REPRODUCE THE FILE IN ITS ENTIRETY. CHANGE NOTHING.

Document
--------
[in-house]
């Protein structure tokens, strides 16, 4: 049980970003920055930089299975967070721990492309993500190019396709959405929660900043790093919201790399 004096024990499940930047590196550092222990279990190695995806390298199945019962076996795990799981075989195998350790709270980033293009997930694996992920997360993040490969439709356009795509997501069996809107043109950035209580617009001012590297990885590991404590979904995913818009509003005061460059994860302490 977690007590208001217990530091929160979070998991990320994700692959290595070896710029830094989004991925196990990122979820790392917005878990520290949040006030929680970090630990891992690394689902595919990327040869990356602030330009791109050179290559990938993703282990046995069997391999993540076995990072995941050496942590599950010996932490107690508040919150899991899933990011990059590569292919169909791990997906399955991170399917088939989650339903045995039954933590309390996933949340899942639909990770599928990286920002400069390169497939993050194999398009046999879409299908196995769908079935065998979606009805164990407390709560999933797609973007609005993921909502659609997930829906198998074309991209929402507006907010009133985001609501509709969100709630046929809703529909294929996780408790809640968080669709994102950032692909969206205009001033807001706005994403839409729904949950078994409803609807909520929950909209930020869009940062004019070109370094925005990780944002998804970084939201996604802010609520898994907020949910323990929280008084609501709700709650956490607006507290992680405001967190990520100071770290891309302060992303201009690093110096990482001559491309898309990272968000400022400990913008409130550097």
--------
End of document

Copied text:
[in-house]
């Protein structure tokens, strides 16, 4: 049980970003920055930089299975967070721990492309993500190019396709959405929660900043790093919201790399 004096024990499940930047590196550092222990279990190695995806390298199945019962076996795990799981075989195998350790709270980033293009997930694996992920997360993040490969439709356009795509997501069996809107043109950035209580617009001012590297990885590991404590979904995913818009509003005061460059994860302490 977690007590208001217990530091929160979070998991990320994700692959290595070896710029830094989004991925196990990122979820790392917005878990520290949040006030929680970090630990891992690394689902595919990327040869990356602030330009791109050179290559990938993703282990046995069997391999993540076995990072995941050496942590599950010996932490107690508040919150899991899933990011990059590569292919169909791990997906399955991170399917088939989650339903045995039954933590309390996933949340899942639909990770599928990286920002400069390169497939993050194999398009046999879409299908196995769908079935065998979606009805164990407390709560999933797609973007609005993921909502659609997930829906198998074309991209929402507006907010009133985001609501509709969100709630046929809703529909294929996780408790809640968080669709994102950032692909969206205009001033807001706005994403839409729904949950078994409803609807909520929950909209930020869009940062004019070109370094925005990780944002998804970084939201996604802010609520898994907020949910323990929280008084609501709700709650956490607006507290992680405001967190990520100071770290891309302060992303201009690093110096990482001559491309898309990272968000400022400990913008409130550097």